But along with the carrot is a big stick: Starting in January, employees will be prohibited from smoking on campus. Other companies have taken an even harder line on healthy living. At Hedrick Brothers Construction in West Palm Beach, employees who smoke or are considered obese, based on their body mass index, pay more for insurance.

The Centers for Disease Control and Prevention in Atlanta estimates that each smoker costs an employer about $3,400 annually in higher health care bills, reduced productivity and increased absenteeism. While moves by employers to stamp out smoking may be unpopular with some employees, they are perfectly legal. The American Civil Liberties Union opposes measures that cost smokers more or dictate what they can or cannot do in their off hours. But the organization has had little success in controlling what some see as the hand of Big Brother.

In the early 1990s, the ACLU sued North Miami, asserting a violation of privacy, after the government began requiring applicants to sign an affidavit saying they did not use tobacco in the past year. But the state Supreme Court ruled in the city’s favor in 1995, arguing that individuals today regularly reveal whether they smoke in many aspects of life, such as when they book a hotel room.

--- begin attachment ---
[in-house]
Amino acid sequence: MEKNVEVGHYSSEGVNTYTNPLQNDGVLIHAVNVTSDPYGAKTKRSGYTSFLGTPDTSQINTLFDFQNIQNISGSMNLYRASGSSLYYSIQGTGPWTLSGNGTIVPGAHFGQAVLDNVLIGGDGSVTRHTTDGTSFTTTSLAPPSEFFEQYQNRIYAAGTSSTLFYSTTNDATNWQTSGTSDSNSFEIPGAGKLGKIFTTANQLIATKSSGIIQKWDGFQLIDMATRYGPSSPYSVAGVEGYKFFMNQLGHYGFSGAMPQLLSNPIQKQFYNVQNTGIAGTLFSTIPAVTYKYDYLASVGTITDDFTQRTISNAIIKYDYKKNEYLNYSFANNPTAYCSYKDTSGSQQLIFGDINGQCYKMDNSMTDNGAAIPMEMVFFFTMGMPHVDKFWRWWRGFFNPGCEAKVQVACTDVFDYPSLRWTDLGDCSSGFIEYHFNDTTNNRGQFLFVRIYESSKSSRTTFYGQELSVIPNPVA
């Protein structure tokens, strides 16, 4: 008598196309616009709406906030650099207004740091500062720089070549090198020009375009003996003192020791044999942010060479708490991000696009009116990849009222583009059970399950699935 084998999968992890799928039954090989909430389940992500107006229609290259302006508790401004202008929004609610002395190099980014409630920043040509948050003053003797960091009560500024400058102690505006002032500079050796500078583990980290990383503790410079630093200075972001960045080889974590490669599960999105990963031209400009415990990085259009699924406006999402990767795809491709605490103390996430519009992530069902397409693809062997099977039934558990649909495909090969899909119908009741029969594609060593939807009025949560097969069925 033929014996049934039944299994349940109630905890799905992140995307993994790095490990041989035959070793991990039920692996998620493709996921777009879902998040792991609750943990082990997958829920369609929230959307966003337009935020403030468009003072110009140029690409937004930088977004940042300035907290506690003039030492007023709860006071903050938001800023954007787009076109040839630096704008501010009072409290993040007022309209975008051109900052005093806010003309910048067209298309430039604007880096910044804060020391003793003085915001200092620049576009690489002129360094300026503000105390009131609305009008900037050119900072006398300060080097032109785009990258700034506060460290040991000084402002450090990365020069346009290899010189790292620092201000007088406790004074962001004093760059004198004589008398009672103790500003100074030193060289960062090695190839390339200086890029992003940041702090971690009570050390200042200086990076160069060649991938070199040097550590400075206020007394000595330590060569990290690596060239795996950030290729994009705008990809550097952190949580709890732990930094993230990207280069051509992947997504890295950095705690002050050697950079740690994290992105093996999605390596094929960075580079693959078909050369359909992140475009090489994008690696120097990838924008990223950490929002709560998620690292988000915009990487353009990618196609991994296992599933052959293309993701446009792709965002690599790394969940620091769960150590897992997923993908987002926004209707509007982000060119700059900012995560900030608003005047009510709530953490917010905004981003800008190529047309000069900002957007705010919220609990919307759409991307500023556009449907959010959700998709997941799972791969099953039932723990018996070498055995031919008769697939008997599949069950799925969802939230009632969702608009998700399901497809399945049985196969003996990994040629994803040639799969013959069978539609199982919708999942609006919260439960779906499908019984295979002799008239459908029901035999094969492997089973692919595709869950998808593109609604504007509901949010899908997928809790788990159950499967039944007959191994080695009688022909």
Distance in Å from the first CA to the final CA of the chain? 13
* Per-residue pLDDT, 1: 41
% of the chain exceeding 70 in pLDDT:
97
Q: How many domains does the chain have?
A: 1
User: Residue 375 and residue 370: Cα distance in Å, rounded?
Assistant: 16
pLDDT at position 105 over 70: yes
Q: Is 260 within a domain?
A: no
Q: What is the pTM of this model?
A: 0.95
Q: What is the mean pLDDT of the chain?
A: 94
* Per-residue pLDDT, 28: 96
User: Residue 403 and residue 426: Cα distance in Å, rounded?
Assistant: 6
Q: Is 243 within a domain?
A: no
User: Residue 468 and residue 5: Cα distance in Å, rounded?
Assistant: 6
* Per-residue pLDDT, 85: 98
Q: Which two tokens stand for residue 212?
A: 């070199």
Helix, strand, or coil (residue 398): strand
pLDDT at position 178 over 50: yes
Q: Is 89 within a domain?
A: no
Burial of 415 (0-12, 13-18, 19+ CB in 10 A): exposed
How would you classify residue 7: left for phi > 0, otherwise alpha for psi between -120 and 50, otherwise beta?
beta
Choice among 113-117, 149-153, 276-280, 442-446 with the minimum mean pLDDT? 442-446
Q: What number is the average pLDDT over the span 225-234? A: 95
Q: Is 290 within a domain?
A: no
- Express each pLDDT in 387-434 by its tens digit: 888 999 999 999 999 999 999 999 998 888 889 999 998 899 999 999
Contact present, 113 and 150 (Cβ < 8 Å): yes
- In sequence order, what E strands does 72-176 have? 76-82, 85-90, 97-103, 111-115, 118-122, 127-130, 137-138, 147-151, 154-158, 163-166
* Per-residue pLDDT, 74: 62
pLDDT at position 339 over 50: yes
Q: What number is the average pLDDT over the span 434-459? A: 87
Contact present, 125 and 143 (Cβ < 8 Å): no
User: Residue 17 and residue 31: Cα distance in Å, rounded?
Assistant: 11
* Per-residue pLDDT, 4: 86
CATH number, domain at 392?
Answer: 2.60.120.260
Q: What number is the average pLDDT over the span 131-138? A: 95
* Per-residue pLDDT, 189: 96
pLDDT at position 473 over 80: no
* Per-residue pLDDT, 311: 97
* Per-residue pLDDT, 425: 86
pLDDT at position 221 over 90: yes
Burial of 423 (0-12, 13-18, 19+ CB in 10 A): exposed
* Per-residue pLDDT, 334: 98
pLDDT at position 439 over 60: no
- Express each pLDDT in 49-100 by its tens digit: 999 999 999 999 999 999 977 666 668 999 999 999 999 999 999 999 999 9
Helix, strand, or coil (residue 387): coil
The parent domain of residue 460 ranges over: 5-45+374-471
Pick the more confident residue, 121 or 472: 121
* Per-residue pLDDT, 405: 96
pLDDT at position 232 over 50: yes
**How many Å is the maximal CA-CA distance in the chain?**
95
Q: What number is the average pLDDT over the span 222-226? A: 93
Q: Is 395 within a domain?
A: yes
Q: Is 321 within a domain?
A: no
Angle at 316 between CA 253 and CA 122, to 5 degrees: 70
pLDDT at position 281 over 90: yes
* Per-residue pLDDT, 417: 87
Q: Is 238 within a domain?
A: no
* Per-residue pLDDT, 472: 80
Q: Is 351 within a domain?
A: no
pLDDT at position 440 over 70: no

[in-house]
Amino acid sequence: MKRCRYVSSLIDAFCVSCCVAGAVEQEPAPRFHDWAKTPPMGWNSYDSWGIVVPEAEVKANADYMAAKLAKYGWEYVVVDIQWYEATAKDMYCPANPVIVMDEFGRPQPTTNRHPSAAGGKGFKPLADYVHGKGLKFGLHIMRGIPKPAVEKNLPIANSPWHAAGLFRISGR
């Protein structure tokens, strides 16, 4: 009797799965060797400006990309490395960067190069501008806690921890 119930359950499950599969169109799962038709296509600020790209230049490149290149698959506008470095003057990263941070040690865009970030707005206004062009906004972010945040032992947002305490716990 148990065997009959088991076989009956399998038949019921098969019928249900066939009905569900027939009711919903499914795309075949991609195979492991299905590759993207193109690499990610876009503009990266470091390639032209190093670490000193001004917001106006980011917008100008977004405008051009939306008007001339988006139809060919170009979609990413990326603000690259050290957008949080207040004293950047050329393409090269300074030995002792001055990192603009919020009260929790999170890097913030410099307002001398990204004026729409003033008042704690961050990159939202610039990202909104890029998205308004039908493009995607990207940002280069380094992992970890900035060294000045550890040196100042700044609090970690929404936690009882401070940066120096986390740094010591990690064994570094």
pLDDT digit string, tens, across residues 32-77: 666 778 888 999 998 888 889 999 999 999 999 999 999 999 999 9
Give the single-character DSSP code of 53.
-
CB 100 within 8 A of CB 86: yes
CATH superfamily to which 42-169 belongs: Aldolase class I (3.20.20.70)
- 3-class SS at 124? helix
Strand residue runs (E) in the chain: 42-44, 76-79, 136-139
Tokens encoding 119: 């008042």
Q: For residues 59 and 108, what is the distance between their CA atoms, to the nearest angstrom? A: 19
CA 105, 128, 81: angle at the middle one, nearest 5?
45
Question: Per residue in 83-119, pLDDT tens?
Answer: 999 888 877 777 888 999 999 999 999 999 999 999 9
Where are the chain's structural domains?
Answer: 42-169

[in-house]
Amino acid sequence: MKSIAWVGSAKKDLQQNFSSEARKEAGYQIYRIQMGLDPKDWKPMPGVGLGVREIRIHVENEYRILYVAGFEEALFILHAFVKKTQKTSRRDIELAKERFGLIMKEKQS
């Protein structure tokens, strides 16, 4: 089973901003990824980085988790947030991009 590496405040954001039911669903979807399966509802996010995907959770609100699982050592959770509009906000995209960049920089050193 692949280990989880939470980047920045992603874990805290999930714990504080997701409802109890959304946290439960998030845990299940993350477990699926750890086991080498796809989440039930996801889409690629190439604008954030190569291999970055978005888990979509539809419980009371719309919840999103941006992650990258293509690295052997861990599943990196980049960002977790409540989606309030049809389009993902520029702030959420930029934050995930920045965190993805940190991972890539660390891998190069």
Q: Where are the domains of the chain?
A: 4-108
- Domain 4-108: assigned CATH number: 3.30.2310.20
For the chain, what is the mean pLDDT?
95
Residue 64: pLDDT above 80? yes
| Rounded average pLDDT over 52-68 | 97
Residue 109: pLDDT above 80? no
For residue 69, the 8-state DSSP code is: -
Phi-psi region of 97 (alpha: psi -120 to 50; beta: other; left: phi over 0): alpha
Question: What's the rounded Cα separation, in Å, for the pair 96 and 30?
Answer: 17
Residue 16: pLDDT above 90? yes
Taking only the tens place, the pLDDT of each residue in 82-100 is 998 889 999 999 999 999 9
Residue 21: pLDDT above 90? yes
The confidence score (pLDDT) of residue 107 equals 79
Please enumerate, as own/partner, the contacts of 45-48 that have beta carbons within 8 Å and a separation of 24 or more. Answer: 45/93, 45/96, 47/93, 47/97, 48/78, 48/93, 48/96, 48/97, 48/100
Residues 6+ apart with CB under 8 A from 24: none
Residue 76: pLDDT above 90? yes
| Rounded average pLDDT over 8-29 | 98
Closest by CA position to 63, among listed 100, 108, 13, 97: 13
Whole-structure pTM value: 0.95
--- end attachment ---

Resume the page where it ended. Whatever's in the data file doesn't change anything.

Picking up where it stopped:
James Green, a West Palm Beach based constitutional law expert who has handled cases on behalf of the ACLU, said he’s personally torn by employers trying to discourage smoking.

“As a civil libertarian, I am concerned,” he said. “As a private employer, I want my employees to be healthy and productive and protected by cost-effective health insurance wherever possible. There’s a real tension between those concerns.”

Health care organizations around the country have taken the lead among employers in banning smoking in the workplace. In Palm Beach County, in 2007, Palm Beach Gardens Medical Center became the first hospital to ban smoking everywhere on its campus. St. Mary’s Medical Center followed suit. It also screens applicants for nicotine and rejects candidates who are smokers. Delray Medical Center is slated to join the county’s other smoke-free hospitals in 2011.